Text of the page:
The Plaintiff has a Title VII - 'failure to exhaust administrative remedies' case in federal appeals court. The court mentioned a due date for dispositive motion. Should the Plaintiff file a dispositive motion or is this for the Defendant to file...
The issue -- whether you have exhausted your administrative remedies -- can be a complex one in federal court, especially if you brought some, but not all, of your claims to the attention of the EEO office, and depending on how the EEO office addressed those claims.
Usually when there is an issue about failure to exhaust, the government/defendant raises the issue that the employee/plaintiff failed to exhaust and so, it would seem that the government would file a dispositive motion. However, the Judge could also raise the issues and concerns about exhaustion and could ask both parties to file motions. It's not clear what stage of litigation you are in, what your case is about, and whether you exhausted your admin remedies. To get a better idea of your obligations under the Judge's order, it's best to contact a lawyer. Bring with you all your communications with the EEO office so the lawyer can review the evidence on the exhaustion office. Also bring with you the report of investigation if you want the lawyer to give you an evaluation of the merits of your claims.
I understand that a federal employee has the right to file a compliant if he or she believes they have been discriminated or retaliated against in federal employee. I understand the EEO Counselor must inform the employee in writing of his right to...
You are right. You can file a formal complaint without receiving the notice of right to file (assuming you have not agreed to an extension of the informal process). In the federal government process (which is different from state, DC and private employment), you have to initiate your informal EEO within 45 days of the discriminatory event. Thirty days after you initiate your informal discrimination complaint, the EEO counselor is supposed to give you a Notice of Right to File a formal complaint (which might come under a different name). You must file the formal complaint within 15 CALENDAR days of receipt of the Notice. The Notice should identify where you file the formal complaint and other technical requirements (post-mark, addresses, etc.).
When you initiate the EEO informal, the EEO office should have given you a notice of "EEO Rights and Responsibilities." The R&Rs identify information, deadlines, and references about your rights and obligations in the process. If you did not get one, you can find a standard template on line.
If the agency did not issue a right to file, you can file your formal EEO complaint with the agency's office (keep a copy for yourself and keep proof of filing date). The agency has an obligation to investigate your claim within 180 days (assuming you do not amend or grant an extension). Even if the agency has not finished the investigation, you are entitled to file a request for a hearing before an EEOC judge on the 181st day. (You can also file a complaint in federal court, but you should talk with an attorney before filing anything in federal court). The R&Rs advises you where to file the hearing request. If the agency fails to investigate your claims within the deadlines, you might have an argument to seek sanctions against the agency. Assuming you dont talk with an attorney before the 180th day, it's best to consult with an attorney when you receive the investigative report or when you file the hearing request (whichever is sooner). An attorney can give you guidance on the strengths/merits/weaknesses of your claim and make recommendations on how to proceed.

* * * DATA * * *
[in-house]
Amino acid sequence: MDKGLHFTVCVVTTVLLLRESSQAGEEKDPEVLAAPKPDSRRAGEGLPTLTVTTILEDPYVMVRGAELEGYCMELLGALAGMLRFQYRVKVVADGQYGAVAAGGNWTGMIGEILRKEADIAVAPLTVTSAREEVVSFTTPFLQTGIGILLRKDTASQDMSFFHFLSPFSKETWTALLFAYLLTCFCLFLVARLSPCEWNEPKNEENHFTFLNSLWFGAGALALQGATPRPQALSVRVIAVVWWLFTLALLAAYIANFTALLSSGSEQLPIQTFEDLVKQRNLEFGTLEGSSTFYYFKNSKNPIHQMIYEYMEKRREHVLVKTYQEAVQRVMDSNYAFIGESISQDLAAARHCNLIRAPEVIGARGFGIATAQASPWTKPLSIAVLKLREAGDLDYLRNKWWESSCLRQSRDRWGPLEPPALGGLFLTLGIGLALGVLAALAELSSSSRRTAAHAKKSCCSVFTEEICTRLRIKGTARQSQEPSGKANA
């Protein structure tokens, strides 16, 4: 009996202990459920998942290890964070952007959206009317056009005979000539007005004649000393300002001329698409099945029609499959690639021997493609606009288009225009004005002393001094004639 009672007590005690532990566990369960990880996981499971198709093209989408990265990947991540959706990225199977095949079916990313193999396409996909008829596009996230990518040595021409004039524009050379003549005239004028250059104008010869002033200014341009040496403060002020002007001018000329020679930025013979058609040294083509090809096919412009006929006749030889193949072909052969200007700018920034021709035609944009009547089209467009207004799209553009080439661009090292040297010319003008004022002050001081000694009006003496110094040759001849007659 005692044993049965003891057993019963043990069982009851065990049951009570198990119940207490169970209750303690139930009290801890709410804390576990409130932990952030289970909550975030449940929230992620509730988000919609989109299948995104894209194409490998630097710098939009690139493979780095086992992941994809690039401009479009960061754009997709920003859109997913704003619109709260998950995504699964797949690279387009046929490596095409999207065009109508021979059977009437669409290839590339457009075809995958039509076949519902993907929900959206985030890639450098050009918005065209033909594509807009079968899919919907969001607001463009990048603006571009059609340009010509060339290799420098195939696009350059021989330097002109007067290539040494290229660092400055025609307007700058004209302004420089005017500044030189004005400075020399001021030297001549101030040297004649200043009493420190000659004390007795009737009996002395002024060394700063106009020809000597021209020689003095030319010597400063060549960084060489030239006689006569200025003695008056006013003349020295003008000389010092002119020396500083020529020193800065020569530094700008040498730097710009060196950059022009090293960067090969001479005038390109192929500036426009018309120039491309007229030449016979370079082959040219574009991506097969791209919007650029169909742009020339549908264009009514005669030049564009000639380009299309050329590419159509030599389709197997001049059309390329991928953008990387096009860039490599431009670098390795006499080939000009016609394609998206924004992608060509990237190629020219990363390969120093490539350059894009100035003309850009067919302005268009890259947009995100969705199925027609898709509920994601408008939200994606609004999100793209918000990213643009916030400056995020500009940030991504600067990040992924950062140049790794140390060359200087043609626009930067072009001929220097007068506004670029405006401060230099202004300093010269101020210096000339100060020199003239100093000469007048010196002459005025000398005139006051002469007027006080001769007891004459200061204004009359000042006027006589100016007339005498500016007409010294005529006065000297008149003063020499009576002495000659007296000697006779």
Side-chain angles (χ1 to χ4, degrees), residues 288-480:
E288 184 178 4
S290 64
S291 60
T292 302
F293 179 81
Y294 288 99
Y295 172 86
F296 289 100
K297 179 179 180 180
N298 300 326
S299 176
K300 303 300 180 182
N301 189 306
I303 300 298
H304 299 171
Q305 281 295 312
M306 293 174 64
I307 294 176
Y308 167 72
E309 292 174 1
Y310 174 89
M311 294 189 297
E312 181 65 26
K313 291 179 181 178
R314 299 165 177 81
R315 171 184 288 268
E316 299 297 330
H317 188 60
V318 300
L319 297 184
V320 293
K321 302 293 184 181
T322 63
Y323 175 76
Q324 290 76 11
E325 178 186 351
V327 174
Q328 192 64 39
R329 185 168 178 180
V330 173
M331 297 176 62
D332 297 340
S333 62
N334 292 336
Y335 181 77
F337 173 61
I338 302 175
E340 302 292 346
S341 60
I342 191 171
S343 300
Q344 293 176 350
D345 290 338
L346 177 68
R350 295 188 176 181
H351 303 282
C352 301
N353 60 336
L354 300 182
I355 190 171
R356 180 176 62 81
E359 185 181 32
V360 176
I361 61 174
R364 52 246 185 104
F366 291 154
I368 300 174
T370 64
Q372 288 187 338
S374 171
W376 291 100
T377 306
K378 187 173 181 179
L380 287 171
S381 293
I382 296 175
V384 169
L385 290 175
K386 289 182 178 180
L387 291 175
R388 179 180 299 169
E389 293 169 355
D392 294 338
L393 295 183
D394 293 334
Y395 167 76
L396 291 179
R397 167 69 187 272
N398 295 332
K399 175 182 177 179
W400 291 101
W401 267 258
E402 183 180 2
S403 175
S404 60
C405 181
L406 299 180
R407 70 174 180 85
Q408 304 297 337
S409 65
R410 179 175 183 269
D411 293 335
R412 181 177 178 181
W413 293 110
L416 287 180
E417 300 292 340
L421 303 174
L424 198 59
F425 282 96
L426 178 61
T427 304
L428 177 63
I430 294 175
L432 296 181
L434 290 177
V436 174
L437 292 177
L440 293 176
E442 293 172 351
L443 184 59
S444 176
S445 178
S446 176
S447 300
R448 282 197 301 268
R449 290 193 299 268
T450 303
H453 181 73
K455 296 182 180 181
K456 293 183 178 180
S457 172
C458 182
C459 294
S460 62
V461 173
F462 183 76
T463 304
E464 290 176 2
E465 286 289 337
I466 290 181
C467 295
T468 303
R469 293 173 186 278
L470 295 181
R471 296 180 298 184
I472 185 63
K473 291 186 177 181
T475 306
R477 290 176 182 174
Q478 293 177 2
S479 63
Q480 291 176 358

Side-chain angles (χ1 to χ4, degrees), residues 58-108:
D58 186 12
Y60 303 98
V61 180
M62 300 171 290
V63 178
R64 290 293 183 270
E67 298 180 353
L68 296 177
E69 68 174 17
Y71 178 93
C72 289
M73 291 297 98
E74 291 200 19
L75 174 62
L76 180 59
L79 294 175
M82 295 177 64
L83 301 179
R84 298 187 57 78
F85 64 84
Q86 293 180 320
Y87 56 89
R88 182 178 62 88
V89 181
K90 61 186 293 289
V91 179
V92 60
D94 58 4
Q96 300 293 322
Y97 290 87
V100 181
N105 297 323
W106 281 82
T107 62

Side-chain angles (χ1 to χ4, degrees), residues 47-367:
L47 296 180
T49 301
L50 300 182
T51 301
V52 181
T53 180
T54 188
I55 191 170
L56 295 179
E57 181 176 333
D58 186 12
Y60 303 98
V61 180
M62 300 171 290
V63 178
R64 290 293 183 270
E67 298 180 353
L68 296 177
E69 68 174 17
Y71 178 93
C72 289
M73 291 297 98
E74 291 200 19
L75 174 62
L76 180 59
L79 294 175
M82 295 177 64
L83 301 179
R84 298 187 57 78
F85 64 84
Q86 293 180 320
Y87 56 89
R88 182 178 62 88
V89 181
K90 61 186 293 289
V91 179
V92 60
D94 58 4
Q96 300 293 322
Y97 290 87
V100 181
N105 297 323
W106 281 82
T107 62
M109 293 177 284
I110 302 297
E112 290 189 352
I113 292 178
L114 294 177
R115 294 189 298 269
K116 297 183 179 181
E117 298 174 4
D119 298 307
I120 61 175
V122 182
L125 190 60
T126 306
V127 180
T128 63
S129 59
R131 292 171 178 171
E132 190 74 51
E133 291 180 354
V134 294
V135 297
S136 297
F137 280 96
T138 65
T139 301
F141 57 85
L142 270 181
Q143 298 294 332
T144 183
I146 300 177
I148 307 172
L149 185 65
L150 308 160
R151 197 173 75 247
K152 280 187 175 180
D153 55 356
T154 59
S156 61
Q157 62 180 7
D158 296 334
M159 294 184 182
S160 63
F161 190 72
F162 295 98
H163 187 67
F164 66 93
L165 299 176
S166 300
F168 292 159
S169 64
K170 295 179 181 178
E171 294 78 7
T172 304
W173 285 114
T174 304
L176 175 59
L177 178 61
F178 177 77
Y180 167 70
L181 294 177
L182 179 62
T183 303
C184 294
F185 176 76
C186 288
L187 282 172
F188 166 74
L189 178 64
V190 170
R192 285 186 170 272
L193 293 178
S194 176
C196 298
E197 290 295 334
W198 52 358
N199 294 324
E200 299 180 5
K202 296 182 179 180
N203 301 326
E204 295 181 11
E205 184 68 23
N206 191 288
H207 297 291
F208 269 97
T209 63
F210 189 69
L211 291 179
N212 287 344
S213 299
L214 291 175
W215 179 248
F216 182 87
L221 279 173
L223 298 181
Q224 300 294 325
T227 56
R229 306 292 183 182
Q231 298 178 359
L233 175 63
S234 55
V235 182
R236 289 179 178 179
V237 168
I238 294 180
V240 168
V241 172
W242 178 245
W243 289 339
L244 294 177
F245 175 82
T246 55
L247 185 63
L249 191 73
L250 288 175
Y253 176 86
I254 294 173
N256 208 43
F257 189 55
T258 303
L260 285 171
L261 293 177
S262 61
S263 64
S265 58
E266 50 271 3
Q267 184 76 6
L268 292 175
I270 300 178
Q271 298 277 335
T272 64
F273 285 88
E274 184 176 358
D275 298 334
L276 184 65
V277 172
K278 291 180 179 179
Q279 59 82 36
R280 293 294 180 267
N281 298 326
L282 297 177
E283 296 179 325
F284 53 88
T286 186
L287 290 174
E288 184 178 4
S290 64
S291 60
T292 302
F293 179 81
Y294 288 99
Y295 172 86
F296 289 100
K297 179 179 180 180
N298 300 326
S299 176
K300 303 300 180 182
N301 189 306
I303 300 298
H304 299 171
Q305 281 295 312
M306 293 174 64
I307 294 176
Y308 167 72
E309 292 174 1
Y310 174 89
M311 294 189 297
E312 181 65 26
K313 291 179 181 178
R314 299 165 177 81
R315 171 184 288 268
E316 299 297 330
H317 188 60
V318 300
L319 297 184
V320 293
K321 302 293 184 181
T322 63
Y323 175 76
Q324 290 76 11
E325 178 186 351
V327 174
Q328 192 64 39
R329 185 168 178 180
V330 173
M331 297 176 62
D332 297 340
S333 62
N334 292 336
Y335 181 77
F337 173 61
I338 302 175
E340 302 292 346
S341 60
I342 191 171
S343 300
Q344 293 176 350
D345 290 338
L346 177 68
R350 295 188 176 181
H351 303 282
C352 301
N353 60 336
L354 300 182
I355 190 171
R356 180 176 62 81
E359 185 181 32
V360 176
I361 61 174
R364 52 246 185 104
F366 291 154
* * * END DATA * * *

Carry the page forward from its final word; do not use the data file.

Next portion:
I work for the US Navy as a civilian. I applied for a position and got it at the Dept. of Energy (PROMOTION & SALARY INCREASE). The Dept. of Energy contacted the Dept. of Navy for a referral. My boss (who I filed an EEO case against) said false...
Without more information it is difficult to give an accurate answer, but it is theoretically possible that you might be able to get relief from EITHER Navy or Energy, depending on how things play out. If you think discrimination or EEO reprisal is at play, it's critical to notify the EEO office within 45 days to initiate a new EEO complaint. It's a complicated procedural process when two agencies are involved because you dont yet know exactly who did what. You can learn more about what happened through the EEO investigation. If you think your supervisor tainted the process, we recommend you talk with an attorney/firm well versed in federal sector processing to learn cost-effective ways of learning more about whether the case is worth pursuing.See question
Does accrued leave of a federal employee receive similar protections to compensation. That is to say, can it be taken away on a whim of the employer?
Sort of. If you are a federal employee, typically you can roll-over up to 240 hours of annual leave at the end of each year. If an employee has more than 240 hours, the employee will likely lose the excess if they don't use it by 12/31. According to the OPM website: An agency may consider restoring annual leave that was forfeited due to an exigency of the public business or sickness of the employee only if the annual leave was scheduled in writing before the start of the third biweekly pay period prior to the end of the leave year. When you leave the federal government, you can have your annual leave balance cashed-out. For sick leave, there is no maximum carry-over limitation and typically sick leave can be credited to your service comp date when you retire from the government. But if you leave the gvt without retiring, you cannot be cashed out for sick leave. OPM has a decent website that addresses many questions relating to leave.See question